Instead of garrisoning large forces in Africa, the Middle East, and Asia, enthusiastic airmen convinced the government that ongoing bombing campaigns could quell rebellions and maintain British control. Strategic bombing would have three effects. First, it would kill or maim key rebel leaders. Second, it would force rebel groups to disperse and hide, rendering them ineffective. Third, and most controversially, it would inspire fear among civilians, who would think twice about supporting any upstart insurgents.
Air policing began in earnest in 1919, when British forces bombed targets in Afghanistan, including a famous raid over Kabul. Although the raid probably did little damage, colonial officials and the Air Ministry believed it had significant coercive effects. The British took this concept to Africa in January 1920, when five aircraft targeted Mohammed bin Abdullah Hassan in British Somaliland. The so-called “Mad Mullah” had organized a mass movement against British rule, pledging to drive out the infidels and install a harsh and austere brand of Islamic rule. The British army had previously launched four ground offensives against his organization, with little effect. But the air raid on his compound left the Mullah badly wounded, and killed several of his compatriots. He fled soon afterwards, and died about a month later.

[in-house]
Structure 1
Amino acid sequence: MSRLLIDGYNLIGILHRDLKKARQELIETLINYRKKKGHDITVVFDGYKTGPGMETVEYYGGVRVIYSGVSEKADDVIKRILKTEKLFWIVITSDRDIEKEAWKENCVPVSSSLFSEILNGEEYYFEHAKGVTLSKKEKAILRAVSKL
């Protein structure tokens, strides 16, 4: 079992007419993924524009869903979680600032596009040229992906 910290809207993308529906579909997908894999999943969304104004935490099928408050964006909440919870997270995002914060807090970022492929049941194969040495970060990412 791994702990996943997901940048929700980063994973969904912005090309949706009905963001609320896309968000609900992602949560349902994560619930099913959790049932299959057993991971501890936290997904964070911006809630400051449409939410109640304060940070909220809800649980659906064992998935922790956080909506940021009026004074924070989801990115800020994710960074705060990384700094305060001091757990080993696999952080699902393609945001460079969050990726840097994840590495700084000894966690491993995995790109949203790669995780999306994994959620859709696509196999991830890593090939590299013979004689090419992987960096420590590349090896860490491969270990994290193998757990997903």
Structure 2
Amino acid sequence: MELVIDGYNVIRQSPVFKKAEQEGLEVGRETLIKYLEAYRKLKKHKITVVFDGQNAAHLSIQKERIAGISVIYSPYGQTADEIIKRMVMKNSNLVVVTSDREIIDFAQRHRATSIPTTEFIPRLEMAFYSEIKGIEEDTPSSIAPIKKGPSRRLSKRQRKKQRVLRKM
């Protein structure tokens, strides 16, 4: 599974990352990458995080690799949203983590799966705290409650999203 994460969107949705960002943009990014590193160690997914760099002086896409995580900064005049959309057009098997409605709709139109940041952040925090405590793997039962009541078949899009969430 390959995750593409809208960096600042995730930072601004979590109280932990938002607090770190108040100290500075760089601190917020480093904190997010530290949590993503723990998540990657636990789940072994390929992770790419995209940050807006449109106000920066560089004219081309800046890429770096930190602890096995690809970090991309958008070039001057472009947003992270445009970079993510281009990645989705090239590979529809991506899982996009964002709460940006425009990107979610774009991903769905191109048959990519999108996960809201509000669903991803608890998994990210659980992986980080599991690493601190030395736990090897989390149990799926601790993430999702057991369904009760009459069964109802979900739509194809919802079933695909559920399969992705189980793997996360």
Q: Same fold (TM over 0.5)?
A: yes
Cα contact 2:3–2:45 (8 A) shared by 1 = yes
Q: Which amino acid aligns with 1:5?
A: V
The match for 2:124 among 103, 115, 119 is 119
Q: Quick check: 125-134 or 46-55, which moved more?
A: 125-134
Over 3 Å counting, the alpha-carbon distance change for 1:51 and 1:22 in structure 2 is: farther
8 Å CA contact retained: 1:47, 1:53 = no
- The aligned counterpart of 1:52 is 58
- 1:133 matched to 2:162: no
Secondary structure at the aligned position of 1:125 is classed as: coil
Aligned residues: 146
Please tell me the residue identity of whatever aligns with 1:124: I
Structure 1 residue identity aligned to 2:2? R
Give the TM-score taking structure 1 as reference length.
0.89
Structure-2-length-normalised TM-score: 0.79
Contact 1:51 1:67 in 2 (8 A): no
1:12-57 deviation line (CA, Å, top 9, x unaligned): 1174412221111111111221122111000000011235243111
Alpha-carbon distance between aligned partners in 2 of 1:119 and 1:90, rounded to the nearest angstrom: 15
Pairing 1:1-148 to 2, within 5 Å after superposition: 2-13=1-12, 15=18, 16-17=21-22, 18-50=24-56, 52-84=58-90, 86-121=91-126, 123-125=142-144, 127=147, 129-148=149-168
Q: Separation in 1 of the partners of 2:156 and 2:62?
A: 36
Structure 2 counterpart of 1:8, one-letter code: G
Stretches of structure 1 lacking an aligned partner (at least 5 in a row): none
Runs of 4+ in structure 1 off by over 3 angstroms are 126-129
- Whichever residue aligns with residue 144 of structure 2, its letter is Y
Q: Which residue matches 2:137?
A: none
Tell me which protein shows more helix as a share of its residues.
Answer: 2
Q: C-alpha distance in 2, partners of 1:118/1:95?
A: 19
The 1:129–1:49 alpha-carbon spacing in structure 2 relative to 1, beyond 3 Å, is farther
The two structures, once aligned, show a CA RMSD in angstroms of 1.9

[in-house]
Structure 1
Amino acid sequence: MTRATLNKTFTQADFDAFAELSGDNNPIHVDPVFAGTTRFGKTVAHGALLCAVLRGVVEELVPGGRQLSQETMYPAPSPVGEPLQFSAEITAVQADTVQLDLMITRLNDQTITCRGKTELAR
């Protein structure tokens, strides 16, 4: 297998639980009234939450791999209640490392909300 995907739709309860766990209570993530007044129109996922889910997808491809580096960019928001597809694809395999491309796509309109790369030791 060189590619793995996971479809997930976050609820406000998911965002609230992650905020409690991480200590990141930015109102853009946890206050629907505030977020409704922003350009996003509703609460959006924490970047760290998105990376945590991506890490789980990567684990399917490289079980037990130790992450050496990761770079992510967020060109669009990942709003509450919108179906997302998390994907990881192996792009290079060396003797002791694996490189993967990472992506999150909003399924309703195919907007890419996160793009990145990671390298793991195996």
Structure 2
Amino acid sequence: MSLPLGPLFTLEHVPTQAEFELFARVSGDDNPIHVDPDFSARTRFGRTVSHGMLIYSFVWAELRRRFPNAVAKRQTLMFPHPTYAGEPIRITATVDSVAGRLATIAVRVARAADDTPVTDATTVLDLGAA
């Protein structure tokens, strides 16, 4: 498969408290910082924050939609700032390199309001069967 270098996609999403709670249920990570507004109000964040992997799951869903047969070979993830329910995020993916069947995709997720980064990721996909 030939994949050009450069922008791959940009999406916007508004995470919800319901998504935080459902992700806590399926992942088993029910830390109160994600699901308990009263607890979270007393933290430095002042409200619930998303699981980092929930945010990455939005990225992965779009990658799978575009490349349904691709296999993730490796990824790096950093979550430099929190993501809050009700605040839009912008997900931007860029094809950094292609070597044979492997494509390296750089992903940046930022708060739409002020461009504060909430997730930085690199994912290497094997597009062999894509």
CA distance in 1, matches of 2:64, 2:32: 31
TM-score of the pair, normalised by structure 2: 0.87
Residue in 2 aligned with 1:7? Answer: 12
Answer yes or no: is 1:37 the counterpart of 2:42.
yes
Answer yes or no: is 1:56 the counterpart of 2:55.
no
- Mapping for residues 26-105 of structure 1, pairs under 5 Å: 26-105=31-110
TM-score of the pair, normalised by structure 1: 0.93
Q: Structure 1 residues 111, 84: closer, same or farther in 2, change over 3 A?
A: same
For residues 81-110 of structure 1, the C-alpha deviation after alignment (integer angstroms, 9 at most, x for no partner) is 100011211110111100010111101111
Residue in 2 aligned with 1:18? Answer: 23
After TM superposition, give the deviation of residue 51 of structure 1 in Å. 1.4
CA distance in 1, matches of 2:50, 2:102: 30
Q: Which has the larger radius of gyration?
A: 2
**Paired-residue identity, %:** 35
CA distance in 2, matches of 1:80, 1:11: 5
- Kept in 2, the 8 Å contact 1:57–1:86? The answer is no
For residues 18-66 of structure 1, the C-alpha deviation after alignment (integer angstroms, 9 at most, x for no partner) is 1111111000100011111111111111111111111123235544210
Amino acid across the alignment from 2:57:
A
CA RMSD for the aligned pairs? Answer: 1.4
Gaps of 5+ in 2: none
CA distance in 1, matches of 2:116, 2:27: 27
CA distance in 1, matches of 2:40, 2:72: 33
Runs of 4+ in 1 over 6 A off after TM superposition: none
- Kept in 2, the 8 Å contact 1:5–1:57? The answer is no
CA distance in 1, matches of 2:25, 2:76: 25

The British soon expanded the program of air policing to Iraq and other imperial holdings, confident that it was a cheap and easy alternative to ground power. The Air Staff argued that bombing subdued uprisings at a fraction of the cost, an argument that proved persuasive in Parliament given the background of tight budgets and the recent memory of grinding land warfare in World War I. Early successes bolstered their arguments, though the efficacy of airpower decreased after the terrifying novelty wore off.
Notably, air policing was not quite the same as war. The British government was under no illusion that occasional raids would lead to a durable political settlement with rebels, or that bombing would permanently end the problem of rebellion. Instead, bombing was a low-cost tactic for maintaining control, while enabling local allies who provided boots on the ground.